Panama Papers: Iceland names new PM amid poll calls

2016-04-07 08:15
Gallery  |  click on thumbnail to view larger image

PICS: Panama Papers leak leads to mass protests in Iceland

Thousands of Icelanders took to the streets to call for their prime minister's resignation after leaked tax documents dubbed the "Panama Papers" prompted allegations that he and his wife used an offshore firm to hide million-dollar investments.

Iceland's government has named a new prime minister and called for early elections later in the year, a day after Sigmundur David Gunnlaugsson quit, becoming the first politician brought down by the "Panama Papers" leaks.

The two coalition partners, the Progressive Party and the Independence Party, agreed after talks on late on Wednesday to hand the prime ministerial post to the agriculture minister Sigurdur Ingi Johannsson, aged 53, of the former.

READ MORE: Panama Papers - huge leak alleges elites hiding money

"It is a big burden in this situation. It is not the most happy situation when I am taking the prime minister's seat but I will try to do my best and I am hoping that the people of Iceland will see that the new government will increase the stability both in politics and in governance," Johannsson told reporters.

The government said the decision to hold elections in autumn would give it time to follow through on one of the biggest economic policy changes in decades, the ending of capital controls introduced to rescue the economy from the 2008 financial crisis.

The opposition has been trying to force a new election with a vote of no confidence in the government, which could lead to a radical political shift.

Undisclosed firm

Gunnlaugsson quit as prime minister on Tuesday after leaked documents from a Panamanian law firm showed his wife owned an offshore company that held millions of dollars in debt from failed Icelandic banks.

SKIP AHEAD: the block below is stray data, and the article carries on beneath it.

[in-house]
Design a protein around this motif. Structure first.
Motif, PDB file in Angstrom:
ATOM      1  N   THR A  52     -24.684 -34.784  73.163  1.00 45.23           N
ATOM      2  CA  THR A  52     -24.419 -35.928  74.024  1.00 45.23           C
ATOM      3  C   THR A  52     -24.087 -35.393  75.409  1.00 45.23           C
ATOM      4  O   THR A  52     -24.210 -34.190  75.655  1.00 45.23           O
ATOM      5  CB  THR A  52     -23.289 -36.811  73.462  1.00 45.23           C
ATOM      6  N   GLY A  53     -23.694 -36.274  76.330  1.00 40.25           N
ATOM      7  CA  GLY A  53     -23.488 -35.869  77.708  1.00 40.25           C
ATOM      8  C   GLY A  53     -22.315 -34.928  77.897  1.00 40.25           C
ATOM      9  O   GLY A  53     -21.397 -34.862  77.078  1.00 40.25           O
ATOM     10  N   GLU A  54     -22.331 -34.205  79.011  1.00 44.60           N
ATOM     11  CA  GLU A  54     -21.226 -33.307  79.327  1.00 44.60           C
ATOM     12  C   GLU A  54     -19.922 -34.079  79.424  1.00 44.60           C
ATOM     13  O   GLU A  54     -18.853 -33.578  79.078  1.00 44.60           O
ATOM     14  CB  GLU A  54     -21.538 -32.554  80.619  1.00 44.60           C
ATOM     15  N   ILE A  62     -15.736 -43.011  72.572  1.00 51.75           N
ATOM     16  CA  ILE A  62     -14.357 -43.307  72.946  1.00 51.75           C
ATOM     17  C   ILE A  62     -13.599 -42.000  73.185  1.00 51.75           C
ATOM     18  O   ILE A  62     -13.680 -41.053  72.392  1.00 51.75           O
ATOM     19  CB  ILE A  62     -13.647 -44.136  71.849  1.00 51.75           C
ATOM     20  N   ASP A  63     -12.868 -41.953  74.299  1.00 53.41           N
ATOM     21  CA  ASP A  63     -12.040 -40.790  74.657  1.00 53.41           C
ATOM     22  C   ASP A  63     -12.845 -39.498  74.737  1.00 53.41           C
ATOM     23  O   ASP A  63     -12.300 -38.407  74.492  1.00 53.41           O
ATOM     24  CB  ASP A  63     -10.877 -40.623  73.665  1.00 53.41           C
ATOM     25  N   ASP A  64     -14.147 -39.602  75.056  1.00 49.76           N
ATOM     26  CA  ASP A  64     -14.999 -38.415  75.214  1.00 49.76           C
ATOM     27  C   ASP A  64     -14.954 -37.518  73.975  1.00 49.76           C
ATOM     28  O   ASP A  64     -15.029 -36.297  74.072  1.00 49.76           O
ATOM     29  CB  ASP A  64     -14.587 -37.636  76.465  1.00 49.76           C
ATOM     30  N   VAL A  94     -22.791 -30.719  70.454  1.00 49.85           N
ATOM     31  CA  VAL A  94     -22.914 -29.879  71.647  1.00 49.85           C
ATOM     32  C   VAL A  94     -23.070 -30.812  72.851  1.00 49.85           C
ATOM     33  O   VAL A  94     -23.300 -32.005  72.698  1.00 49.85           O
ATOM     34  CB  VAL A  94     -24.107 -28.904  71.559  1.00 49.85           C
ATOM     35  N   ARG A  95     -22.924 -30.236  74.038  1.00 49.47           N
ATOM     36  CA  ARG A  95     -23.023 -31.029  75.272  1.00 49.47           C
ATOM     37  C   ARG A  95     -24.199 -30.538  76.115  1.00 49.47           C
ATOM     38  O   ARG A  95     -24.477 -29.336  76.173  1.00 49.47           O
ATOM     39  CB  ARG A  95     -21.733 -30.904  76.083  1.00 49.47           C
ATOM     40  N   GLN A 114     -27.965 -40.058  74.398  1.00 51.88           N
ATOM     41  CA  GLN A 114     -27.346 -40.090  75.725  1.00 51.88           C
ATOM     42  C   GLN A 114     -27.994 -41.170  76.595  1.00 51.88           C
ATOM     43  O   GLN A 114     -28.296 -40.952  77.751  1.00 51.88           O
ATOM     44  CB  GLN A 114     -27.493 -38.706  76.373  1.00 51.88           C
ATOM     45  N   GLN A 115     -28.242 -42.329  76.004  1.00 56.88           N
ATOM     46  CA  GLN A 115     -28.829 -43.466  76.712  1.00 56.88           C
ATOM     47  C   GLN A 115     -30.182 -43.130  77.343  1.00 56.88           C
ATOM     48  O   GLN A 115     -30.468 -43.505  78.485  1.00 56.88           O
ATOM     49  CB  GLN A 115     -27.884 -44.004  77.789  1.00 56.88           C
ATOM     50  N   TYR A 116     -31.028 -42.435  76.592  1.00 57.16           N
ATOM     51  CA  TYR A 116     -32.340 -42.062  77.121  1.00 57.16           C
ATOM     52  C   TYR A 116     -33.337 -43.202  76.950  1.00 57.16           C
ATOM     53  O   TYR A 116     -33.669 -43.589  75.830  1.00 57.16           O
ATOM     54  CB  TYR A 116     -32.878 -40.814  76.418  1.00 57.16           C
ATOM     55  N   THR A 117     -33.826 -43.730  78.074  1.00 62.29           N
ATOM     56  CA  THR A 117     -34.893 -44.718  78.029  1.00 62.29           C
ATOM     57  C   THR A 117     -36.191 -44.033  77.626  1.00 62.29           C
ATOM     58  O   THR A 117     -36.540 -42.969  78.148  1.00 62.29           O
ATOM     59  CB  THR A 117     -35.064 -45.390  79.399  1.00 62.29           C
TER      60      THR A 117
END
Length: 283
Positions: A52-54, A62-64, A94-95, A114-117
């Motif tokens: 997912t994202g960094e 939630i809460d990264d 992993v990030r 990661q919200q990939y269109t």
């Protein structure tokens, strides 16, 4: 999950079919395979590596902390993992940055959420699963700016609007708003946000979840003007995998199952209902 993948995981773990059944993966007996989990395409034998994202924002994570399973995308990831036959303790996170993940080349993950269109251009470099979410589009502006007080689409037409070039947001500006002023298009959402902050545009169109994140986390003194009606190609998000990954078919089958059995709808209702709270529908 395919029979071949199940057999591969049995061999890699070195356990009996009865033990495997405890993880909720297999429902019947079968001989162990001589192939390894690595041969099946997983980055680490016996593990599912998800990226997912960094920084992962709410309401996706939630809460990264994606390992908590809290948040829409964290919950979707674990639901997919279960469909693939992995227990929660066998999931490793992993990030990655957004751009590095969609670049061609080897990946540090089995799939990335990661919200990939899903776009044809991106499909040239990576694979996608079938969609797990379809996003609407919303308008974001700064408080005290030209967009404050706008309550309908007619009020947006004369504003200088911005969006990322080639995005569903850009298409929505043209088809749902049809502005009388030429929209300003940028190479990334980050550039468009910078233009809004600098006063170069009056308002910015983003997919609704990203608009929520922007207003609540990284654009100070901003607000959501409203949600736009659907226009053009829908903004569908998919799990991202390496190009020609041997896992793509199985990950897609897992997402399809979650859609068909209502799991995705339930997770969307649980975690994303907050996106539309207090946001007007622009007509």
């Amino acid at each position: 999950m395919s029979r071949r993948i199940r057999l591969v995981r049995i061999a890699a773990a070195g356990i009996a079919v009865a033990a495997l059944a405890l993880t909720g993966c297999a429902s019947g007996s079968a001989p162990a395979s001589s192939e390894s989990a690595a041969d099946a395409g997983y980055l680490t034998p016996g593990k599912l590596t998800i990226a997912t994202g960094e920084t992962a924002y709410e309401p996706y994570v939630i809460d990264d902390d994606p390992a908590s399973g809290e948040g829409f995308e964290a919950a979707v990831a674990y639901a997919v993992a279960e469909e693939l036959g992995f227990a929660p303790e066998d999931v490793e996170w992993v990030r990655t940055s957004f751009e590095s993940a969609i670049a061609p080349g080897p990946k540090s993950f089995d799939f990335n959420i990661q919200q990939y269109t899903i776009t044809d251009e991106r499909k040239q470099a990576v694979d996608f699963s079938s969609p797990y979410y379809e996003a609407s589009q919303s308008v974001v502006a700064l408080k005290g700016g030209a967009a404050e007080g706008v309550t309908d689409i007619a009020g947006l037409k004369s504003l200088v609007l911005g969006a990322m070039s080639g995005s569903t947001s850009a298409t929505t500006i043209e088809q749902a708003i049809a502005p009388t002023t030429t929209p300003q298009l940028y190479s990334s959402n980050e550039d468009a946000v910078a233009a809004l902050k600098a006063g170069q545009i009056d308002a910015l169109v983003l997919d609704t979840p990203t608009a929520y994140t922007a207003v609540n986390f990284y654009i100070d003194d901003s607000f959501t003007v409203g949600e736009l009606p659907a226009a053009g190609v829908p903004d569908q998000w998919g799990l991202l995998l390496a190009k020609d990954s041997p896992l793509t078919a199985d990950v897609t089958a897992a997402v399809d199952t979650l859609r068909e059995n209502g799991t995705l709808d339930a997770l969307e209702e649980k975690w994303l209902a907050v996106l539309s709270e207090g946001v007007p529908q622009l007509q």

The Panama documents revealed that Gunnlaugsson's wife owned a previously undisclosed firm with what the government says is $4.1m in claims on the island's collapsed banks. His opponents have said that represents a conflict of interest, because the government is negotiating the value of such claims.

"I feel that it is proper on this night to let the new prime minister have the stage, that the next prime minister is a solid and a good man so there is a good reason to congratulate Icelanders," he said before Johannsson spoke to the press.

Iceland has struggled to recover from the 2008 collapse of its highly indebted banks, which led to popular protests, the fall of a government and the jailing of many bankers. Many Icelanders still harbour a strong distrust of their leaders.

A few thousand demonstrators gathered for another evening of protests in front of the parliament building on Wednesday, some pelting parliament with yoghurt and eggs.

Read more on:    iceland  |  panama papers

Join the conversation! encourages commentary submitted via MyNews24. Contributions of 200 words or more will be considered for publication.

We reserve editorial discretion to decide what will be published.
Read our comments policy for guidelines on contributions.

Inside News24


And the Paws24 and Hill's winners are ...

Find out who the winners of our Paws24 pet pics and Q&a competitions are...



Keep your family and pets safe from rabies
5 scientific benefits of owning a cat
Why we love cats
8 great natural remedies for your pet
Traffic Alerts
There are new stories on the homepage. Click here to see them.


Create Profile

Creating your profile will enable you to submit photos and stories to get published on News24.

Please provide a username for your profile page:

This username must be unique, cannot be edited and will be used in the URL to your profile page across the entire network.


Location Settings

News24 allows you to edit the display of certain components based on a location. If you wish to personalise the page based on your preferences, please select a location for each component and click "Submit" in order for the changes to take affect.

Facebook Sign-In

Hi News addict,

Join the News24 Community to be involved in breaking the news.

Log in with Facebook to comment and personalise news, weather and listings.